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Why are older people finding a silver lining in silver divorce?

It goes without saying that one of the advantages of getting older is that you are finally able to start enjoying some much-needed stability in life. Indeed, older married couples can derive satisfaction from finally owning their home after decades of payments, watching their retirement assets grow, paying off the last of their outstanding debts and, of course, seeing their children thrive on their own.

Interestingly enough, recently released research by the National Center for Family and Marriage Research at Bowling Green State University has found that many older married spouses are now making the decision to forgo this stability and satisfaction for the freedom -- and relative uncertainty -- offered by single life.

What exactly did this research uncover?

The National Center for Family and Marriage Research found that spouses age 50 and older were two times as likely to pursue a so-called silver divorce in 2014 as they were back in 1990, while the divorce rates for their younger counterparts remained largely unchanged or even dropped in some cases.

Furthermore, the researchers determined that the divorce rate increased even more for those spouses over the age of 65.

Why are silver divorces becoming more common?

Experts indicate that there are multiple reasons as to why silver divorce is becoming more common. For example, they point to the fact that many older couples are in second or subsequent marriages, which have always had historically higher divorce rates because of the challenges posed by blended families and the comingling of assets.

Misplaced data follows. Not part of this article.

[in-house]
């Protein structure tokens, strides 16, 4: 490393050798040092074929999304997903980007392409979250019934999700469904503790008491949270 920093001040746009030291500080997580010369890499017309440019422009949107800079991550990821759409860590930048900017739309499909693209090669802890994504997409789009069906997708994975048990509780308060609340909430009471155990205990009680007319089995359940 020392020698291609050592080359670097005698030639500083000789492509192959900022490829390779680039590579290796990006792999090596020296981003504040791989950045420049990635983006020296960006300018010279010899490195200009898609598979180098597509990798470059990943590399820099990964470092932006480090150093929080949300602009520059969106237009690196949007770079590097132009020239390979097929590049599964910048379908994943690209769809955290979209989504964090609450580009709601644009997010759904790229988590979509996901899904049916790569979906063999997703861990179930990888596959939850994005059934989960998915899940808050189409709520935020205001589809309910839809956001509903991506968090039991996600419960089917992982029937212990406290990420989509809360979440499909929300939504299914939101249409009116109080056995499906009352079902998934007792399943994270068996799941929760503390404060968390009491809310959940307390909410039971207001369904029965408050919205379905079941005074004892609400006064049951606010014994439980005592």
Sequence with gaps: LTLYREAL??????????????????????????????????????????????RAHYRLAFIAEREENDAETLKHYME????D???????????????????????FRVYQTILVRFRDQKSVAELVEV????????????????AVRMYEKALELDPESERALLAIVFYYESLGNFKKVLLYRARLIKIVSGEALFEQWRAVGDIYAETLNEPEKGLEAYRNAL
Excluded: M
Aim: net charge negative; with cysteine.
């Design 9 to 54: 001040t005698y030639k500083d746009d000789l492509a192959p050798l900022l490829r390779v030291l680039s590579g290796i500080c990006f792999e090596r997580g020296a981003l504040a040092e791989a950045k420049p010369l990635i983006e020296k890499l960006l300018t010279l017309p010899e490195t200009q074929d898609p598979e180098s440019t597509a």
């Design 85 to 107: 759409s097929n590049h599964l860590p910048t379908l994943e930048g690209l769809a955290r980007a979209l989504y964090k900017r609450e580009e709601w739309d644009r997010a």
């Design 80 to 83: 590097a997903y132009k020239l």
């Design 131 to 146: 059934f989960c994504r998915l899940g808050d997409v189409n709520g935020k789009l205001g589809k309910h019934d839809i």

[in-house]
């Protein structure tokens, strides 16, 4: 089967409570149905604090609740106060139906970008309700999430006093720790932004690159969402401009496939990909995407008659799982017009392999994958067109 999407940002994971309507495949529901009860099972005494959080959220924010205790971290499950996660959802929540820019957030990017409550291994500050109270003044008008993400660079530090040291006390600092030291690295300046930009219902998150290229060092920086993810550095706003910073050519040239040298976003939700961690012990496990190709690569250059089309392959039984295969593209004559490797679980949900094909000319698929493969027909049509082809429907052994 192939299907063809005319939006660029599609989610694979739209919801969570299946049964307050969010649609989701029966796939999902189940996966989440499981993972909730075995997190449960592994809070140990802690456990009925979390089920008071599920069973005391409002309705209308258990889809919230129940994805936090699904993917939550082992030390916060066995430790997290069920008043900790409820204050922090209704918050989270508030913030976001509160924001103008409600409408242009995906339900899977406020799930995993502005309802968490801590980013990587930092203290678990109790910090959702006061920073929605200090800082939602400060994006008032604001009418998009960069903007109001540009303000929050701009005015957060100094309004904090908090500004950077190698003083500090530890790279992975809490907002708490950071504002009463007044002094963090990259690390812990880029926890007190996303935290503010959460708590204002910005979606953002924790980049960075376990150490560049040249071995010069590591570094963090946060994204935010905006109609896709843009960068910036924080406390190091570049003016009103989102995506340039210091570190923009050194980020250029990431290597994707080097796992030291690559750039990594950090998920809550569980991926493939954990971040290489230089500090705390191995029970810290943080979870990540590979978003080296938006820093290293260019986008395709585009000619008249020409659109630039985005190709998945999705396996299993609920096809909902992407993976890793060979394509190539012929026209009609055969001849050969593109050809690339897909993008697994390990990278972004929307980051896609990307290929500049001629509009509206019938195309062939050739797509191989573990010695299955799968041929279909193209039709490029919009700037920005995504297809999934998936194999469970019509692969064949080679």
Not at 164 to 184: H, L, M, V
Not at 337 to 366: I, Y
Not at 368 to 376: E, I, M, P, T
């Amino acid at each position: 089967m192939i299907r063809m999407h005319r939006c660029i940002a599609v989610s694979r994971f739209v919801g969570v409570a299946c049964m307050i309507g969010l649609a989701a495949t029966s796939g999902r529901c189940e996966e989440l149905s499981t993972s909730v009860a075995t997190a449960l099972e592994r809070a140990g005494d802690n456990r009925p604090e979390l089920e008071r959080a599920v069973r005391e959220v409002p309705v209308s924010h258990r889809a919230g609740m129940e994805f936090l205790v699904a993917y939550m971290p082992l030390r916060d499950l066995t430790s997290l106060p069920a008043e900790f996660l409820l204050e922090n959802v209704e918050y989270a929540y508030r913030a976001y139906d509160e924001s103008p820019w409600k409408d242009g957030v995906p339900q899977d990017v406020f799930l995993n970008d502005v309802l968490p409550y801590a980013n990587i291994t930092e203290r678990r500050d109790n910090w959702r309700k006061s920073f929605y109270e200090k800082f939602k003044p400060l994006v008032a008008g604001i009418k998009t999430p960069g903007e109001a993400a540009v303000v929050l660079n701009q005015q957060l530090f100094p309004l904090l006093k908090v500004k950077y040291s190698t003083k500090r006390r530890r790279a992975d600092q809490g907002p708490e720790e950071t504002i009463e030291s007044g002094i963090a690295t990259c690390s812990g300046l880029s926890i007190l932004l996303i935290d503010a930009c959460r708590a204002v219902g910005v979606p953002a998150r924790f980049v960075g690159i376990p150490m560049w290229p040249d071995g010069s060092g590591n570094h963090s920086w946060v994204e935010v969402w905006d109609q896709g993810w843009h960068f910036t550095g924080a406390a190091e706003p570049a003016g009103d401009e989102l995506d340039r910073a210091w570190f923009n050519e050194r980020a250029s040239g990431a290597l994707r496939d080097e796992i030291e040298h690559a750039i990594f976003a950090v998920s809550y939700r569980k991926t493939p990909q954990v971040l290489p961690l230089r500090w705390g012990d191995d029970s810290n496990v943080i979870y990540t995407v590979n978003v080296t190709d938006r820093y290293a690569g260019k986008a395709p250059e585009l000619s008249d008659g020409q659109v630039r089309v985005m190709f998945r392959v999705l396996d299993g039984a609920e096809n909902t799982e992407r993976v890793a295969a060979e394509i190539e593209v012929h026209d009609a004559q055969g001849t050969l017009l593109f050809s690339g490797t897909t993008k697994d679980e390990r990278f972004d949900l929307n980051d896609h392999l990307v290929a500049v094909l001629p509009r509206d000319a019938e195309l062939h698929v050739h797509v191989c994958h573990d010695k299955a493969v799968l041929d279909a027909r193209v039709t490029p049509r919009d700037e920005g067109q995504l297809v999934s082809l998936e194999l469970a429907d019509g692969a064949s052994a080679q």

Other reasons identified by experts for the uptick in silver divorces include the disappearance of the social stigma surrounding divorce, longer life expectancies, more empty nests and, perhaps most significantly, the empowerment of women.

Are there any unique legal considerations when it comes to silver divorces?

Absolutely. While there are no longer concerns about child support and child custody, older couples will most certainly have to address property division and perhaps even alimony.

What makes this significant from a legal perspective is that many of these older couples have accumulated significant assets owing to their having been married for so many years. Furthermore, it's possible that one spouse made certain sacrifices over the years such that their earning capacity has been substantially diminished.

Have you or anyone you know gone through a silver divorce? If so, what was your experience like?